A $50 Billion Hurricane, Your Political Beliefs and Your investments
Do you allow politics to affect your world view? If so, you might be passing up important opportunities to increase wealth.
You may think your politics are independent of your investments. You may also think your decision to prepare for a hurricane is independent of your politics. The truth is, neither statement is true for everyone.
Political opinions are an indicator of how we think. Investment returns also reflect how we think. Biases are inevitable in these areas and those biases can have surprisingly severe consequences. One recent study found political biases could even lead to death and injury.
This study highlights the importance of objectivity.
For the best investment results, it might be best to ignore your political opinions. In fact, the best results in life could be independent of political thought.
Recent research shows political opinions can affect anything in life, including whether or not you’re likely to get out the way of a hurricane.
A recent paper, Political Storms: Emergent Partisan Skepticism of Hurricane Risks, noted that Hurricane Irma resulted in 134 deaths and caused $50 billion in damages.
This paper holds some important lessons for investors.
First of all, political alliances affected how some people prepared for the disaster.
The study found, “Trump/Clinton vote share strongly predicts evacuation rates, but only after the emergence of conservative-media dismissals of hurricane warnings in September 2017, just before Irma made landfall in Florida.”
Think about that – political beliefs affected whether or not people evacuated an area about to be hit by a hurricane.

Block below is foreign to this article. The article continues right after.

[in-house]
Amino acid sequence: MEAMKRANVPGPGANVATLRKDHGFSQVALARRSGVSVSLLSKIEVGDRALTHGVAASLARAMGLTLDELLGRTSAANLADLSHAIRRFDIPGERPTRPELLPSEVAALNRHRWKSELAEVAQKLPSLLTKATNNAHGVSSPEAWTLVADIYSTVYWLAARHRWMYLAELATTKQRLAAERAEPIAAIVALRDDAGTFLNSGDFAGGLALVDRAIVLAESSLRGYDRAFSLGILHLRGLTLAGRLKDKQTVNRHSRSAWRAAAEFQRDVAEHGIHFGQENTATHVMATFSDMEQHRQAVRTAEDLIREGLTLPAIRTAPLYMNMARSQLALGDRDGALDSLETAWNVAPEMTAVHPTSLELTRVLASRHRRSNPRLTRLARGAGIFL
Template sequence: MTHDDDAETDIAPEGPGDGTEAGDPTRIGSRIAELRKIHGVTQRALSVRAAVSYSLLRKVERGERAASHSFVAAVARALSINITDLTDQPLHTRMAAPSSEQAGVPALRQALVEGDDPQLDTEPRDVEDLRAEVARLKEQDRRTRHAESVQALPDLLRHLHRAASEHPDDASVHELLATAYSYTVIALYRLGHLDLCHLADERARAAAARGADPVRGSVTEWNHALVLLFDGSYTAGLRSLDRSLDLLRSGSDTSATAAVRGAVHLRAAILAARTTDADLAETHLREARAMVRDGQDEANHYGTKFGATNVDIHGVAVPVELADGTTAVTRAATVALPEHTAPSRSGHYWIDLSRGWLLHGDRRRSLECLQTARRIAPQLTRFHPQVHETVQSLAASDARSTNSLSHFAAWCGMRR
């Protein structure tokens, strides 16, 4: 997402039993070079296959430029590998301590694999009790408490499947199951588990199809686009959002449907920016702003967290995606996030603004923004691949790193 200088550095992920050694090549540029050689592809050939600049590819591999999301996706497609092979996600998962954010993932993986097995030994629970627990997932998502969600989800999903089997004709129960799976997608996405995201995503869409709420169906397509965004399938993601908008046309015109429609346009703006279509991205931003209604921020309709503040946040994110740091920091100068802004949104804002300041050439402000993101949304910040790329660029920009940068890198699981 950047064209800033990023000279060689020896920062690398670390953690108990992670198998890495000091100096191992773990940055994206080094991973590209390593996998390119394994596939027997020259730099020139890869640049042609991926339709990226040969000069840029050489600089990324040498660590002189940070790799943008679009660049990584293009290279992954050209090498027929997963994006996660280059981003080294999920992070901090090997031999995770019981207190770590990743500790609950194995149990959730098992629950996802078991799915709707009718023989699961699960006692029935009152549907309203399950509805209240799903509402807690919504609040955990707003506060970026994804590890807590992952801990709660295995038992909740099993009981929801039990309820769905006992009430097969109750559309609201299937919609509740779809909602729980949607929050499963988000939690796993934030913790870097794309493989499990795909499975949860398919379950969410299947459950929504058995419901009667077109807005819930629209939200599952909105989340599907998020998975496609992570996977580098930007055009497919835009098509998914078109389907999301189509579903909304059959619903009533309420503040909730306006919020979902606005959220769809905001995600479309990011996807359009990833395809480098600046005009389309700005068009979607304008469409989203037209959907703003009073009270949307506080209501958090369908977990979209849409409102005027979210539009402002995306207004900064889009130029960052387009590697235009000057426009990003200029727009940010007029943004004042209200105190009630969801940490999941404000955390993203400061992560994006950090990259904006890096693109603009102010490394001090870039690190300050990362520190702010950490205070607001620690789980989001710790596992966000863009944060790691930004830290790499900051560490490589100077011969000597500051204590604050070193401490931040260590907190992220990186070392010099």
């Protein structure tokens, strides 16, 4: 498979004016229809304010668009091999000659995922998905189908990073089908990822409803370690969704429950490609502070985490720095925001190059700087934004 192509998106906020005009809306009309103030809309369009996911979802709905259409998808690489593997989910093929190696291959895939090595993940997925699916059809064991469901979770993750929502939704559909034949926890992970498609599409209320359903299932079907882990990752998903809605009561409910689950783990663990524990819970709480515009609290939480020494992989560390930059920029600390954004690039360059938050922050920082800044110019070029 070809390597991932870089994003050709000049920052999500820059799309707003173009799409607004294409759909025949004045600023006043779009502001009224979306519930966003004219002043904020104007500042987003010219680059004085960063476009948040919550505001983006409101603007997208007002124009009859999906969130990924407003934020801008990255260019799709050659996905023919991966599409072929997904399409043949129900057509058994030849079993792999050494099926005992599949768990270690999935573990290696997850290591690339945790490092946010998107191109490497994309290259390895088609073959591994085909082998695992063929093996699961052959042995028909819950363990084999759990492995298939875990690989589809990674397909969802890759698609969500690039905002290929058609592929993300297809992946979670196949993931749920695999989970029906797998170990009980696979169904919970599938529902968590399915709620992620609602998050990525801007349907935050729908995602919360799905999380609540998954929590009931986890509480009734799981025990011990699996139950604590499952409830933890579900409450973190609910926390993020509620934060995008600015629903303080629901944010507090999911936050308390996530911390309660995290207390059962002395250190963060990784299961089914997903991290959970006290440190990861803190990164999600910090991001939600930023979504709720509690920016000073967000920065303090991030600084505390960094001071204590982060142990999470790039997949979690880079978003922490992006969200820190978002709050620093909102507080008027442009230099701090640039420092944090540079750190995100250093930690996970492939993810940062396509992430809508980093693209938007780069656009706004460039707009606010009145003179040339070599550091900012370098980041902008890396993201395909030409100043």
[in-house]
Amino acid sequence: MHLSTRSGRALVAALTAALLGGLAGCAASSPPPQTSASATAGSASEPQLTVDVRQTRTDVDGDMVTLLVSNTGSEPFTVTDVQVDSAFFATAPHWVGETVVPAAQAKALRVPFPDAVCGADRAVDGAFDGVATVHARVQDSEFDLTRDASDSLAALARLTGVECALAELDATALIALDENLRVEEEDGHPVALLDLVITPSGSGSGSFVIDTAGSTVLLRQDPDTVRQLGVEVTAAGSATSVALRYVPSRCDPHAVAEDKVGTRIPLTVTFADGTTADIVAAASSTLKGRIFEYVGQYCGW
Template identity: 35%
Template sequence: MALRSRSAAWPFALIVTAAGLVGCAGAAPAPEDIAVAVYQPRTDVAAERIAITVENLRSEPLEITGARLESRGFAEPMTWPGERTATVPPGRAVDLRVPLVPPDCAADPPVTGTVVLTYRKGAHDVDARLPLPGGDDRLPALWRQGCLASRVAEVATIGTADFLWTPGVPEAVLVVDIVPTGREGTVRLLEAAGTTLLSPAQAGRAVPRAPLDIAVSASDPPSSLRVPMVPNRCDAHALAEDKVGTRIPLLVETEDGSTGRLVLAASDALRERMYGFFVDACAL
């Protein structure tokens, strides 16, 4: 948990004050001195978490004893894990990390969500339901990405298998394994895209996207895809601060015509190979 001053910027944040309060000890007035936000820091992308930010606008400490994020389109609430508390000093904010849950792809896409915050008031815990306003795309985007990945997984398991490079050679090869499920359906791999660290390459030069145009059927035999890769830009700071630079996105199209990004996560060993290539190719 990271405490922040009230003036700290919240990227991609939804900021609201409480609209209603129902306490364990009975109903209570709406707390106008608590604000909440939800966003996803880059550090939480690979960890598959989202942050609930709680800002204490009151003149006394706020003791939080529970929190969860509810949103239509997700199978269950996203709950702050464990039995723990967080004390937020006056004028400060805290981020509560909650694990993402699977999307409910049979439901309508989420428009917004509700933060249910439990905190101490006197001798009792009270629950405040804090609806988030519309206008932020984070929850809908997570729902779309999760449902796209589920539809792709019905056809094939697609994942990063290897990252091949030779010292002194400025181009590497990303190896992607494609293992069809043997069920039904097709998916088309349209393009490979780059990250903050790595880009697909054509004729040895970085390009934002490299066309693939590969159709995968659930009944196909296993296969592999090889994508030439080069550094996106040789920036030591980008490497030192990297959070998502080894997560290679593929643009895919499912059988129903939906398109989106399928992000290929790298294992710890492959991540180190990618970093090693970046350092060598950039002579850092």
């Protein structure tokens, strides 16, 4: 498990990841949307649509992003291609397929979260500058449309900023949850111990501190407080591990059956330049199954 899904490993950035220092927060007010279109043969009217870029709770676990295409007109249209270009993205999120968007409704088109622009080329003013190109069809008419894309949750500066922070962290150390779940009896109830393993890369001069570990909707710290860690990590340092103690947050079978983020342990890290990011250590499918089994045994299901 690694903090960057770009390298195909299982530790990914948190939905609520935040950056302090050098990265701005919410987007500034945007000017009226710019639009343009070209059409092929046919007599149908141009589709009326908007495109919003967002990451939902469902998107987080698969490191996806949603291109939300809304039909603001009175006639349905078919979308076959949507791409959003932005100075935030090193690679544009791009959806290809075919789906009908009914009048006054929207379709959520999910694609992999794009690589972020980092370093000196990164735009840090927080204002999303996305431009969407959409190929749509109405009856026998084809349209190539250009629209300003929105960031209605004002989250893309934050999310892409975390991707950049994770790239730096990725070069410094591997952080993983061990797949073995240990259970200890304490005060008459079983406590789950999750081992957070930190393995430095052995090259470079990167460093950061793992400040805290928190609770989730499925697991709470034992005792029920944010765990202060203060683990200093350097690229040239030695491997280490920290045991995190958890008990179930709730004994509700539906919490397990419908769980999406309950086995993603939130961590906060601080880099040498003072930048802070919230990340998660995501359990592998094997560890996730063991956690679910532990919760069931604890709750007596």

The authors found “Trump-voting Florida residents were 10-11% less likely to evacuate Irma than Clinton-voters (34% vs. 45%) … highlighting one consequence of political polarization.”
The paper cites a number of reasons for this difference. One reason is that some well-known political pundits questioned the accuracy of the hurricane forecasts. Listeners and readers of these pundits ignored meteorologists because they allowed political beliefs to affect non-political decisions.
This is important for investors to consider. You might think you’d never allow political affiliation to drive decisions about safety during a hurricane.
And you certainly would not. This study looked at all those other people in the world, the ones with biases.
The truth is that political biases affect how we view the world. A partisan divide exists in economic data.
Republicans are twice as likely as Democrats to believe that business conditions are good right now.
CNBC reported, “Sixty-eight percent of small business owners who are Republicans say current conditions for their business are good, twice as many as the 34% among Democratic small business owners, according to the fourth quarter 2019 CNBC/SurveyMonkey Small Business Confidence Survey.”
This bias extends to almost every aspect of economic decision making. Democrats are more likely than Republicans to believe impeachment will affect their business.
Partisanship is a surprising source of bias for many investors. They may not see it. They may not even realize their views about the economy and even specific companies are affected by politics. But this source of bias can be expensive for investors.
One antidote is to invest by the numbers. Analyze the data from companies and the economy using quantitative techniques. Avoid allowing qualitative factors, like which party is in the White House to affect decisions about dollars and cents.
Michael Carr, CMT, CFTe
Editor, Peak Velocity Trader
After spending nearly 20 years developing pattern recognition software for the United States Air Force, I retired from my military career in 2005. My plan was to utilize the same pattern recognition principals I used in the military and apply them to the largest and most lucrative market in the world: the stock market.